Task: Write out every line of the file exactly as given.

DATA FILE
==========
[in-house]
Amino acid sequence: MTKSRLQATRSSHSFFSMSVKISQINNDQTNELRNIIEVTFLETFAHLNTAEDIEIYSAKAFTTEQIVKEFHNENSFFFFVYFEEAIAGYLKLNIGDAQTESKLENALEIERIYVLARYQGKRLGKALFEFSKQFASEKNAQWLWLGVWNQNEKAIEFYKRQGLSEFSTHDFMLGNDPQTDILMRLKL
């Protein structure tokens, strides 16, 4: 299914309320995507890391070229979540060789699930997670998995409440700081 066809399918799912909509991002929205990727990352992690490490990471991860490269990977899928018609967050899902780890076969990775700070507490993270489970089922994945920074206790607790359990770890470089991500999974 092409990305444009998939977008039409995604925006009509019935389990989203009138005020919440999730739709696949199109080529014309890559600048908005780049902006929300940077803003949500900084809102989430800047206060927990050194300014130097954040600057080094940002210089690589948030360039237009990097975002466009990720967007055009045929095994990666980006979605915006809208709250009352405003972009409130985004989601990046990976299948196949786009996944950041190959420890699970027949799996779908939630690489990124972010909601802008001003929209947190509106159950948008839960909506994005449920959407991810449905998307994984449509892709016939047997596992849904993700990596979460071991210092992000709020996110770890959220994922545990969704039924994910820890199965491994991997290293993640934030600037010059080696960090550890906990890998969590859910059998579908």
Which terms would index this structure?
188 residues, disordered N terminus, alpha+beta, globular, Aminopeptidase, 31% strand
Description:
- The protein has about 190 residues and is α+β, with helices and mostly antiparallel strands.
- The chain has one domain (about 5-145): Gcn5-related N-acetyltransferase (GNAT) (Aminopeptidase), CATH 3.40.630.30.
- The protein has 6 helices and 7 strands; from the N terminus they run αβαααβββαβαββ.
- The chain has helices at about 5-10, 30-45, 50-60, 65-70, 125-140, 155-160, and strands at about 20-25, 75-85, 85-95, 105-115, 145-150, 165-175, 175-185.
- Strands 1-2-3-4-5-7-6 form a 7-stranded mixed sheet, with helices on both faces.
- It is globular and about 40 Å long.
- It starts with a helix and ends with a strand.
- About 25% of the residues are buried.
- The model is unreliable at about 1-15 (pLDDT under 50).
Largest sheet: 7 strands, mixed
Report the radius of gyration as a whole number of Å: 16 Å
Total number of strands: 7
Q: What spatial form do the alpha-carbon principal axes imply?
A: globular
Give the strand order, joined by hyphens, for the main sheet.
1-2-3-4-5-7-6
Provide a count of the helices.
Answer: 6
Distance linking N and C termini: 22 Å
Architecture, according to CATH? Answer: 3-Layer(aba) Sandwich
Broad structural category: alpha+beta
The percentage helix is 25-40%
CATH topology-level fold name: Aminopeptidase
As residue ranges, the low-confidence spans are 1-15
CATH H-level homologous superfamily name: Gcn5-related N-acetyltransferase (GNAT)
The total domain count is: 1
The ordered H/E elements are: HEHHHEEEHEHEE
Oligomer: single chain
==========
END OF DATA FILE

[in-house]
Amino acid sequence: MTKSRLQATRSSHSFFSMSVKISQINNDQTNELRNIIEVTFLETFAHLNTAEDIEIYSAKAFTTEQIVKEFHNENSFFFFVYFEEAIAGYLKLNIGDAQTESKLENALEIERIYVLARYQGKRLGKALFEFSKQFASEKNAQWLWLGVWNQNEKAIEFYKRQGLSEFSTHDFMLGNDPQTDILMRLKL
């Protein structure tokens, strides 16, 4: 299914309320995507890391070229979540060789699930997670998995409440700081 066809399918799912909509991002929205990727990352992690490490990471991860490269990977899928018609967050899902780890076969990775700070507490993270489970089922994945920074206790607790359990770890470089991500999974 092409990305444009998939977008039409995604925006009509019935389990989203009138005020919440999730739709696949199109080529014309890559600048908005780049902006929300940077803003949500900084809102989430800047206060927990050194300014130097954040600057080094940002210089690589948030360039237009990097975002466009990720967007055009045929095994990666980006979605915006809208709250009352405003972009409130985004989601990046990976299948196949786009996944950041190959420890699970027949799996779908939630690489990124972010909601802008001003929209947190509106159950948008839960909506994005449920959407991810449905998307994984449509892709016939047997596992849904993700990596979460071991210092992000709020996110770890959220994922545990969704039924994910820890199965491994991997290293993640934030600037010059080696960090550890906990890998969590859910059998579908």
Which terms would index this structure?
188 residues, disordered N terminus, alpha+beta, globular, Aminopeptidase, 31% strand
Description:
- The protein has about 190 residues and is α+β, with helices and mostly antiparallel strands.
- The chain has one domain (about 5-145): Gcn5-related N-acetyltransferase (GNAT) (Aminopeptidase), CATH 3.40.630.30.
- The protein has 6 helices and 7 strands; from the N terminus they run αβαααβββαβαββ.
- The chain has helices at about 5-10, 30-45, 50-60, 65-70, 125-140, 155-160, and strands at about 20-25, 75-85, 85-95, 105-115, 145-150, 165-175, 175-185.
- Strands 1-2-3-4-5-7-6 form a 7-stranded mixed sheet, with helices on both faces.
- It is globular and about 40 Å long.
- It starts with a helix and ends with a strand.
- About 25% of the residues are buried.
- The model is unreliable at about 1-15 (pLDDT under 50).
Largest sheet: 7 strands, mixed
Report the radius of gyration as a whole number of Å: 16 Å
Total number of strands: 7
Q: What spatial form do the alpha-carbon principal axes imply?
A: globular
Give the strand order, joined by hyphens, for the main sheet.
1-2-3-4-5-7-6
Provide a count of the helices.
Answer: 6
Distance linking N and C termini: 22 Å
Architecture, according to CATH? Answer: 3-Layer(aba) Sandwich
Broad structural category: alpha+beta
The percentage helix is 25-40%
CATH topology-level fold name: Aminopeptidase
As residue ranges, the low-confidence spans are 1-15
CATH H-level homologous superfamily name: Gcn5-related N-acetyltransferase (GNAT)
The total domain count is: 1
The ordered H/E elements are: HEHHHEEEHEHEE
Oligomer: single chain